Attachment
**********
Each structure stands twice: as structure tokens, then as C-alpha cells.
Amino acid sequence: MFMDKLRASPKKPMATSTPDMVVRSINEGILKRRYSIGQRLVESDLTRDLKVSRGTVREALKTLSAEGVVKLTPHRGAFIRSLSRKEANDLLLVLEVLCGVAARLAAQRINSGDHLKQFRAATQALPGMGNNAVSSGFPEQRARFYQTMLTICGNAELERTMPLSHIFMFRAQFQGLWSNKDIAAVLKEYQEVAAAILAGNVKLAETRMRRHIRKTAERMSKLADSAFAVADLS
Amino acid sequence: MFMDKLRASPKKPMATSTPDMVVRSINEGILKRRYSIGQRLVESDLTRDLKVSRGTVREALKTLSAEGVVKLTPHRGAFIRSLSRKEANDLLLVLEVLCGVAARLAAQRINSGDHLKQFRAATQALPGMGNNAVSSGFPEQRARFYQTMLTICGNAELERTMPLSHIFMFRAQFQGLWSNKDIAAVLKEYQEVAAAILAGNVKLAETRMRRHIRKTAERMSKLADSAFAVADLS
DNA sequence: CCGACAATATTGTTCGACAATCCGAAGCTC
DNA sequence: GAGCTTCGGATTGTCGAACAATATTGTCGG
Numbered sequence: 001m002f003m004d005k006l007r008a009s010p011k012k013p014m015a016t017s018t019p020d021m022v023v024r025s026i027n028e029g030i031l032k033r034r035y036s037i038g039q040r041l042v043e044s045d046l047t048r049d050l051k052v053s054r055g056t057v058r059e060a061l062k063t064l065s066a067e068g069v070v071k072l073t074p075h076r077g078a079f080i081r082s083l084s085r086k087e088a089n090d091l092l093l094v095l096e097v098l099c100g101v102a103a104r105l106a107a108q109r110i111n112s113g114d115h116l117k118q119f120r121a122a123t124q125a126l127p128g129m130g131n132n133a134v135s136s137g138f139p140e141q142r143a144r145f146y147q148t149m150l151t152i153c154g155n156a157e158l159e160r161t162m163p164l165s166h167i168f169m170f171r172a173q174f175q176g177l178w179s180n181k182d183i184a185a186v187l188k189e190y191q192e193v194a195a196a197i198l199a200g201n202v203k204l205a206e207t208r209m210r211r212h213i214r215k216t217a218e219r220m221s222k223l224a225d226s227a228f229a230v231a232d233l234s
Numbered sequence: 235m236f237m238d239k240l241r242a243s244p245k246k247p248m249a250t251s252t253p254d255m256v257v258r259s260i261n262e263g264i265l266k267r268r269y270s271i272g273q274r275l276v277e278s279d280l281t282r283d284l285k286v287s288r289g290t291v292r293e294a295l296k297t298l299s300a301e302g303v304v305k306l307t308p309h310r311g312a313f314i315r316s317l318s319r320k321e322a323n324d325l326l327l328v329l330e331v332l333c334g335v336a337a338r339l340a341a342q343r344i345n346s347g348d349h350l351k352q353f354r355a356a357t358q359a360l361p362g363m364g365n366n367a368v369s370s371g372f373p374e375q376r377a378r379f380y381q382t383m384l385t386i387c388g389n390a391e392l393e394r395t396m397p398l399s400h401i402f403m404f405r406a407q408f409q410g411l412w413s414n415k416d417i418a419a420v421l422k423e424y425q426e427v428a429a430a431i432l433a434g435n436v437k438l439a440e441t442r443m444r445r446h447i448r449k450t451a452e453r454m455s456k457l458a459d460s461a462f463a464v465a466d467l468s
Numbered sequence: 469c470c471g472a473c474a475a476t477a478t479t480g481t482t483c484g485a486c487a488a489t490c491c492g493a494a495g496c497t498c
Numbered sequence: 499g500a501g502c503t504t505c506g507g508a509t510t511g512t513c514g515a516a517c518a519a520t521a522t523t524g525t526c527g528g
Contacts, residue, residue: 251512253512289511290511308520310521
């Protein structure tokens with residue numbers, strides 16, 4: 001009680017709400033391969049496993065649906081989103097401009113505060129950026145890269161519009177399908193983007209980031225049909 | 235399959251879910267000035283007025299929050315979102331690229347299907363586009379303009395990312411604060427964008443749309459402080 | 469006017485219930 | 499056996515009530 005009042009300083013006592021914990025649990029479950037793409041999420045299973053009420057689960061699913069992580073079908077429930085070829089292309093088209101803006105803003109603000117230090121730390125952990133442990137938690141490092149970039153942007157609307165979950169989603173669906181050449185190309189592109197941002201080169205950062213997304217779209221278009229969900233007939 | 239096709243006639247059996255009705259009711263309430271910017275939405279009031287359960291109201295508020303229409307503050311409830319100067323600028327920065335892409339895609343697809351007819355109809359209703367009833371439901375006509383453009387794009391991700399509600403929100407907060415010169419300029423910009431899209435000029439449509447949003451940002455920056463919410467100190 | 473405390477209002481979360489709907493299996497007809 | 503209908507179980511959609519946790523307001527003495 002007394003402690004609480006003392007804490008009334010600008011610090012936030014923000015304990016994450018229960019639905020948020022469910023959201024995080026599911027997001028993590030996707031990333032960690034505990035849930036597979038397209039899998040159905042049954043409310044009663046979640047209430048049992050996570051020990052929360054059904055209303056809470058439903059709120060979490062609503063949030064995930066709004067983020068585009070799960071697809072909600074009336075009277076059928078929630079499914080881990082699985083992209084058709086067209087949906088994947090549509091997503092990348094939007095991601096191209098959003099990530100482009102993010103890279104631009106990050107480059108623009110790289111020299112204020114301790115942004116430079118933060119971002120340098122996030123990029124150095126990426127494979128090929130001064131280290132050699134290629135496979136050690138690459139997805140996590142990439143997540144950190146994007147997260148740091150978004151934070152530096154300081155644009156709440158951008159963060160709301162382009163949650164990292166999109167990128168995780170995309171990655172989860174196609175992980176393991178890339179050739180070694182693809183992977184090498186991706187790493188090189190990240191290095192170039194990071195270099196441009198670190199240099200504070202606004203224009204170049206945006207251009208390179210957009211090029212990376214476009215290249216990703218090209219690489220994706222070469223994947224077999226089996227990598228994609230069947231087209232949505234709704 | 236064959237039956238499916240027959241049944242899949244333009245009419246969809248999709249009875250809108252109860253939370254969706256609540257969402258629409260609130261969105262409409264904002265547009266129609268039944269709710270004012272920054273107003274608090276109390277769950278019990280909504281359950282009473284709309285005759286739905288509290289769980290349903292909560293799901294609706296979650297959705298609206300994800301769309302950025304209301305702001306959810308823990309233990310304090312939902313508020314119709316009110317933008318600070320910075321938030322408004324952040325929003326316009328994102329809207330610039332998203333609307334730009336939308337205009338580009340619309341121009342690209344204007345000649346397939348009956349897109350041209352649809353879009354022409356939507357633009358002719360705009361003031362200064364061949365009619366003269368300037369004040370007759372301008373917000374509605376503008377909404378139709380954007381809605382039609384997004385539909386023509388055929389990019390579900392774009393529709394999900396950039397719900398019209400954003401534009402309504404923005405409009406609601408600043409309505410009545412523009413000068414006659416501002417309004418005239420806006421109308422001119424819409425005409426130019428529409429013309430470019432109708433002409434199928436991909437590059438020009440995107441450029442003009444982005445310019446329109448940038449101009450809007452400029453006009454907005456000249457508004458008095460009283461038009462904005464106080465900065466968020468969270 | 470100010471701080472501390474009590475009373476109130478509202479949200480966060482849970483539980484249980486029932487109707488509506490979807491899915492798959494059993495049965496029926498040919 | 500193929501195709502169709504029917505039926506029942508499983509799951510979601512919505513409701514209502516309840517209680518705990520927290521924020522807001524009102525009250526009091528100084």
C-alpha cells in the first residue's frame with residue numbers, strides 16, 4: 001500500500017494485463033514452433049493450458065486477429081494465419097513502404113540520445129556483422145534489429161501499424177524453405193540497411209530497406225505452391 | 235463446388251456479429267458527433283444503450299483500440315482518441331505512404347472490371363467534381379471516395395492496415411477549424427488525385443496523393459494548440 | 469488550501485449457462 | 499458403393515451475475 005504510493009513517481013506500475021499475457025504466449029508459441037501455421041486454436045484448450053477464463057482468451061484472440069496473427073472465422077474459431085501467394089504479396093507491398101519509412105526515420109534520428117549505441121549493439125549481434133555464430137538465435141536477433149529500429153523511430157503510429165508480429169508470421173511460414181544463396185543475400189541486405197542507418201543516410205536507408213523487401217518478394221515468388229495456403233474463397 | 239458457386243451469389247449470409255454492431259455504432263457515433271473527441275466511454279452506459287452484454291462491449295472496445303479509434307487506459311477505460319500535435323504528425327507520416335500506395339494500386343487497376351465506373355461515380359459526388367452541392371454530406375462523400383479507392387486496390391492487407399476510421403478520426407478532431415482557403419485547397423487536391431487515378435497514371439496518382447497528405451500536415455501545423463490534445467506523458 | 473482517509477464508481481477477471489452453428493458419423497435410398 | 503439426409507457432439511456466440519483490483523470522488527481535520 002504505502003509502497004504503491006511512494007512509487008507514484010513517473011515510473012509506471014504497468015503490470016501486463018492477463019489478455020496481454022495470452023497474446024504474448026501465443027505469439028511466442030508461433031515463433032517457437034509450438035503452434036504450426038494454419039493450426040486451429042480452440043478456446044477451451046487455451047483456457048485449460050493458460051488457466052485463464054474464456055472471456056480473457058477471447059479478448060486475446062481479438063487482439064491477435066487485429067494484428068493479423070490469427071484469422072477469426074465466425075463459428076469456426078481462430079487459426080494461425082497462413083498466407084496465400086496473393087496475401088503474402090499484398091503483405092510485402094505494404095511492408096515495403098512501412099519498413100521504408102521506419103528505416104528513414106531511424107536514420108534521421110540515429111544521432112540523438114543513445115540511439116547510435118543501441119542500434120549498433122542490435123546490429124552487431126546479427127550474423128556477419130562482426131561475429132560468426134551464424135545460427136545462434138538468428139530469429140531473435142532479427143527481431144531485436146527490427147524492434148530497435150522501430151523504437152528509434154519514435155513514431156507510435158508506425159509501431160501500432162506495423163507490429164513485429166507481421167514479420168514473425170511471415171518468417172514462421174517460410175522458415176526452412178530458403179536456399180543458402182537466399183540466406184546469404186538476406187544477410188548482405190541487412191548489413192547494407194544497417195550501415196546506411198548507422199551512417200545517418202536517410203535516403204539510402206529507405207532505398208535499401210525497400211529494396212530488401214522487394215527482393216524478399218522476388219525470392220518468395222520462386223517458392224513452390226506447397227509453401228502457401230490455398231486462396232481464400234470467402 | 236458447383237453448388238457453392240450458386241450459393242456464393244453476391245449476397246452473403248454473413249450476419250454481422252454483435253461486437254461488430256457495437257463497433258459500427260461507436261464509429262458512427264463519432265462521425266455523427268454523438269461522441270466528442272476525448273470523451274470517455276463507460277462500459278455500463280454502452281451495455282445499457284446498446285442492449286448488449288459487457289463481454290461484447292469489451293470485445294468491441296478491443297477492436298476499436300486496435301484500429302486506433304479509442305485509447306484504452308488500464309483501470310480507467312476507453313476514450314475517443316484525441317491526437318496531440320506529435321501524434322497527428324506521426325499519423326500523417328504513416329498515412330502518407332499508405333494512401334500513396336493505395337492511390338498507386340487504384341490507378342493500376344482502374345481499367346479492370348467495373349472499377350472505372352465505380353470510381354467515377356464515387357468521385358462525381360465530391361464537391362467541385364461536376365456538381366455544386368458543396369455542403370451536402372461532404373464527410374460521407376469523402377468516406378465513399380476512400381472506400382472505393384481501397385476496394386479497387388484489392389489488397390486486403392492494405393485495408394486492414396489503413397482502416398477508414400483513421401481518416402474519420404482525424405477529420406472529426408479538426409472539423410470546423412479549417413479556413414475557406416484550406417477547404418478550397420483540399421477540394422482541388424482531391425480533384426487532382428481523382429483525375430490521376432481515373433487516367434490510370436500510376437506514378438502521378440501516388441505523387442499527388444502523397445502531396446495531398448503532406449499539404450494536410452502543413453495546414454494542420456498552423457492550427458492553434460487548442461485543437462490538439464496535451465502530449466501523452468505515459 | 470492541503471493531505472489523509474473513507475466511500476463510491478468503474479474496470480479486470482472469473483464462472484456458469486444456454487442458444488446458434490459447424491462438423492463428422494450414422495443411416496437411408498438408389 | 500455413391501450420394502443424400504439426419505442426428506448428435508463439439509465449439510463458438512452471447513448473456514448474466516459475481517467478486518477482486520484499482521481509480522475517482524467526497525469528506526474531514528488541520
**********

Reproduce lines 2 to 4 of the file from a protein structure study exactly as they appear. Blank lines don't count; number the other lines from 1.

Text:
Amino acid sequence: MFMDKLRASPKKPMATSTPDMVVRSINEGILKRRYSIGQRLVESDLTRDLKVSRGTVREALKTLSAEGVVKLTPHRGAFIRSLSRKEANDLLLVLEVLCGVAARLAAQRINSGDHLKQFRAATQALPGMGNNAVSSGFPEQRARFYQTMLTICGNAELERTMPLSHIFMFRAQFQGLWSNKDIAAVLKEYQEVAAAILAGNVKLAETRMRRHIRKTAERMSKLADSAFAVADLS
Amino acid sequence: MFMDKLRASPKKPMATSTPDMVVRSINEGILKRRYSIGQRLVESDLTRDLKVSRGTVREALKTLSAEGVVKLTPHRGAFIRSLSRKEANDLLLVLEVLCGVAARLAAQRINSGDHLKQFRAATQALPGMGNNAVSSGFPEQRARFYQTMLTICGNAELERTMPLSHIFMFRAQFQGLWSNKDIAAVLKEYQEVAAAILAGNVKLAETRMRRHIRKTAERMSKLADSAFAVADLS
DNA sequence: CCGACAATATTGTTCGACAATCCGAAGCTC